Asia’s Petchems Decline: Reject Tried And Trusted Analysis

Aromatics, Business, China, Company Strategy, Economics, Europe, Naphtha & other feedstocks, Oil & Gas, Olefins, Polyolefins, US


By John Richardson

ASIA’S petrochemicals traders and producers have on the whole done fantastically well over the last 20 years by sticking with tried-and-trusted ways of assessing markets.

It is very tempting, therefore, to think that today’s weak demand will soon be put right through just a few production cutbacks.

Last week, my colleagues at ICIS pricing reported the following for three of the most-important feedstocks:

  • In ethylene, suppliers cautioned that some cracker operators would review their operating rates if weak market conditions for co-product propylene and its derivatives persisted – and if ethylene spot prices continued to fall.
  • In benzene, 45,000 tonnes of production has already been lost due to cutbacks. This is expected to rise to 75,000 tonnes in January.
  • And in paraxylene (PX), there was also talk of production cutbacks that might slightly tighten the market.

A widespread assumption is that once production cutbacks have taken place everything will, more or less, return to normal.

I have also heard another very commonly expressed view over the last few months, which is this: The collapse in oil prices will also soon be reversed by a few crude production cutbacks in the US – and eventually, even by OPEC. Pricing will then return to around $100 a barrel and will become much-less volatile.

I continue to worry that people have got this all upside down, as demand is the main problem with crude – not supply.

A further reason for complacency is that December is traditionally a quiet month in Asian petrochemicals markets as producers wind-down inventories before the end of the calendar financial year. This wind-down helps to improve their financial results.

And in January, everyone knows that China traditionally rebuilds its petrochemicals stockpiles. This restocking is expected to last longer than in 2014, given that the Chinese New Year falls much later next year (it took place on 31 January this year, but will not happen until 19 February in 2015).

But the tried and trusted no longer works in assessing petrochemicals markets.

Why? Because:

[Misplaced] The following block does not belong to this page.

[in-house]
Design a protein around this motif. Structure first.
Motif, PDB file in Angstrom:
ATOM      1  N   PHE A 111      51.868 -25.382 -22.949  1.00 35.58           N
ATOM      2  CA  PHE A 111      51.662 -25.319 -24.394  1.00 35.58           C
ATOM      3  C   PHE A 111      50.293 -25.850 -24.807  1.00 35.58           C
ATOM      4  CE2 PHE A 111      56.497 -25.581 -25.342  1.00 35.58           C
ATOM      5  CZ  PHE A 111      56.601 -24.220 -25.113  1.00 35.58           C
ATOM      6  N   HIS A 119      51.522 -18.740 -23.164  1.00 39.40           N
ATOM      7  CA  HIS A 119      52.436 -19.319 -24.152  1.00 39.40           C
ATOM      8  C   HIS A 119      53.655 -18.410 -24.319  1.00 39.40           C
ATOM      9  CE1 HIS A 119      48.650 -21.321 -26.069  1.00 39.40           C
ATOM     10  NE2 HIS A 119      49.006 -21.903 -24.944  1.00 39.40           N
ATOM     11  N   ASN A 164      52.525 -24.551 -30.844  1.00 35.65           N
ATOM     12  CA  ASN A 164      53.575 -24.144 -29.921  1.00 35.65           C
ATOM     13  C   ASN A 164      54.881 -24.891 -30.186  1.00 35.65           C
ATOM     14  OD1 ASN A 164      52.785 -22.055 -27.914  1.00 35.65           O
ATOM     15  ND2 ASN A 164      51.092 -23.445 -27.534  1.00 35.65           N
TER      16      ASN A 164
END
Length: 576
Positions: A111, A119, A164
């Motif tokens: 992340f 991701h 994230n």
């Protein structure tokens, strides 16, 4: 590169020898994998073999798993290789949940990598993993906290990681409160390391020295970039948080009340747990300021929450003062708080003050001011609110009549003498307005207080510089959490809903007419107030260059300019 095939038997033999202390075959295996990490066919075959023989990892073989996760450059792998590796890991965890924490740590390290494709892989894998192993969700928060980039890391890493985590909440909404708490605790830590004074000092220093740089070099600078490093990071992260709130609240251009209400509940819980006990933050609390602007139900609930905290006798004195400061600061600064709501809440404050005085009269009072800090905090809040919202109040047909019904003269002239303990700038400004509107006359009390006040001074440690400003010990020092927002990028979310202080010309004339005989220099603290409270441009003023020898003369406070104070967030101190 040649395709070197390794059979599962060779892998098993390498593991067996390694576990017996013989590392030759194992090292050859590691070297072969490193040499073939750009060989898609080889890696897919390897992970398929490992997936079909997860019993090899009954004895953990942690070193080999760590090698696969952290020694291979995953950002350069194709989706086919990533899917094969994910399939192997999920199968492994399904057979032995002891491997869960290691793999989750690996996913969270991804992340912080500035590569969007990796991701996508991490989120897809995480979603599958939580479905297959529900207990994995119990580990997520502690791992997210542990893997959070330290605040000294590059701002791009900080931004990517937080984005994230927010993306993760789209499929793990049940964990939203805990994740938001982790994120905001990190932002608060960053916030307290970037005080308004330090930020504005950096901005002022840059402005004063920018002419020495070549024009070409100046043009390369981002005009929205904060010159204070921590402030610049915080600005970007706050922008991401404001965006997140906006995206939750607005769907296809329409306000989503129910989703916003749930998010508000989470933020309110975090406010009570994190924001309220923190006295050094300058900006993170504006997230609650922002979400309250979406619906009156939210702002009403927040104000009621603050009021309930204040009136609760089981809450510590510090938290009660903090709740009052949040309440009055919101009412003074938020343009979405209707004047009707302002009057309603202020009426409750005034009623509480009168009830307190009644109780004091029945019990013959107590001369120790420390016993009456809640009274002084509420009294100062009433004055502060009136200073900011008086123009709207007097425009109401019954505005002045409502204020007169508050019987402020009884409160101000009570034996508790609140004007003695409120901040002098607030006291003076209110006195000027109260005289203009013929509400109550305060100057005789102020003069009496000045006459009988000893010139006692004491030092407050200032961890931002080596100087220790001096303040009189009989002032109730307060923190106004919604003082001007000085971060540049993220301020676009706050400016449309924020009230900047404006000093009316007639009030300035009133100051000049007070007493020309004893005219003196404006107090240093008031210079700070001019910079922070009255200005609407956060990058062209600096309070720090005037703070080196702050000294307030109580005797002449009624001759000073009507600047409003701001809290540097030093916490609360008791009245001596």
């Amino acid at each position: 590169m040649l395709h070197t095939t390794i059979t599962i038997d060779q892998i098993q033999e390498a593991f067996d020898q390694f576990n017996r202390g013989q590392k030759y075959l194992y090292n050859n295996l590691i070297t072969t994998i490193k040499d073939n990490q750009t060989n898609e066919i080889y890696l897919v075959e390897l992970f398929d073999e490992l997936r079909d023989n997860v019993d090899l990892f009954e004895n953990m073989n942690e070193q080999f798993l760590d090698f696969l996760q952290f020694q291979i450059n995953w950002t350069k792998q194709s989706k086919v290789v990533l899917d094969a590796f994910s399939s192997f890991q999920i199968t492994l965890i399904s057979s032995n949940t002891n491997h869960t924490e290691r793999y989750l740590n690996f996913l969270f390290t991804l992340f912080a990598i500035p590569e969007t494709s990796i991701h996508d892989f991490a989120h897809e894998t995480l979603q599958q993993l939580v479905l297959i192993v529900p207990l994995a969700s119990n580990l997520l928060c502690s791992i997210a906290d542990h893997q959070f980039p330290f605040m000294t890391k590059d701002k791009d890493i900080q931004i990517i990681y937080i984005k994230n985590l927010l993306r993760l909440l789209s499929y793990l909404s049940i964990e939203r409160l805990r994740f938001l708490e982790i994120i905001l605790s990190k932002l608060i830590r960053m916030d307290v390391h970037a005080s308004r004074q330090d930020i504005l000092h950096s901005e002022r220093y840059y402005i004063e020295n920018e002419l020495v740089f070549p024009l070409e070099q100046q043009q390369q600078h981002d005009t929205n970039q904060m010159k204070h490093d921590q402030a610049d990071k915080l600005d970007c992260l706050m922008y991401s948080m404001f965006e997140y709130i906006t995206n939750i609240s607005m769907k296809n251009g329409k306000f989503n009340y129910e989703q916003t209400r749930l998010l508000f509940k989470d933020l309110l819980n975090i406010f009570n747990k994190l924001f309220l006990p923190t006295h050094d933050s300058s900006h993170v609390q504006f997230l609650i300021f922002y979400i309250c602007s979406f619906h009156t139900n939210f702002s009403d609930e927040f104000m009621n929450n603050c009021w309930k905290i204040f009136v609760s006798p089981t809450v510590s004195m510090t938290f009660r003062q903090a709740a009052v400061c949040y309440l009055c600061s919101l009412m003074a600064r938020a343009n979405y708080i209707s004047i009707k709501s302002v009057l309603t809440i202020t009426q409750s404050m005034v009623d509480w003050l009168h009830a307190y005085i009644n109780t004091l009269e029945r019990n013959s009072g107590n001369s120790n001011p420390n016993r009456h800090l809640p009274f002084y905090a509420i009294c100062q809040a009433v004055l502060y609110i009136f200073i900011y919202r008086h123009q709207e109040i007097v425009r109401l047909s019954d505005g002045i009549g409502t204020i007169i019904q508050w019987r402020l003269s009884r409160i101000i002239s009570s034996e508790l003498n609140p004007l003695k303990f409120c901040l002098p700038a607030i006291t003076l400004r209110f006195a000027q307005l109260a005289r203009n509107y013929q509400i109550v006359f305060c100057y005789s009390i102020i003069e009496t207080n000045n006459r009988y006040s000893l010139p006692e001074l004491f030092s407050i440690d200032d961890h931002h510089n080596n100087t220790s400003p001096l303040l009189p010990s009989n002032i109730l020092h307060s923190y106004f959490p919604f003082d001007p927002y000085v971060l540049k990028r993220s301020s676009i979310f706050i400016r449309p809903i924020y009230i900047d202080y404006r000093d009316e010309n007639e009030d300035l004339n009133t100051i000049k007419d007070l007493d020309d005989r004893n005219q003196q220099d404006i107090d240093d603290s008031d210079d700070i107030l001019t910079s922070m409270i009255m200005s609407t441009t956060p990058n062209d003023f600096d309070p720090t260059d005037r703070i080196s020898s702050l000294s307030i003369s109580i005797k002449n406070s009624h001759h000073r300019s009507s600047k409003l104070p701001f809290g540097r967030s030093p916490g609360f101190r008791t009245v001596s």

• China is set to reshape the global economy as it undergoes its biggest set of economic reforms for at least the last 20 years.
  • These reforms are now well underway – meaning that growth can only get worse rather than better next year.
  • The above chart shows the declines in ethylene, benzene and PX pricing from 25 July until 5 December. In late July, the global consensus towards China shifted as people recognised that China’s leaders will not “blink”. This changed expectation has contributed to weaker crude and the declines in petrochemicals markets.
  • Much-weaker crude oil prices and extreme volatility in the day-to-day price or crude are thus strong probabilities over the next few months.
  • Crucially, also, I think we have entered a new global financial crisis – for all the reasons I highlighted last week.

There will be opportunities for traders to make money from this volatility. But traders will take a big risk if they stick with the tried-and-trusted ways of assessing markets.

For the producers and buyers of chemicals and polymers they, too, must reject the familiar and the comfortable. Their first task will, of course, will be to get through the new global financial crisis intact – and I worry that some won’t make it; the second task is rebuilding their entire growth strategies as the New Normal develops.

So, how should we look at markets in the future? Tomorrow, I will make some suggestions for the biggest value chain downstream of ethylene – polyethylene.


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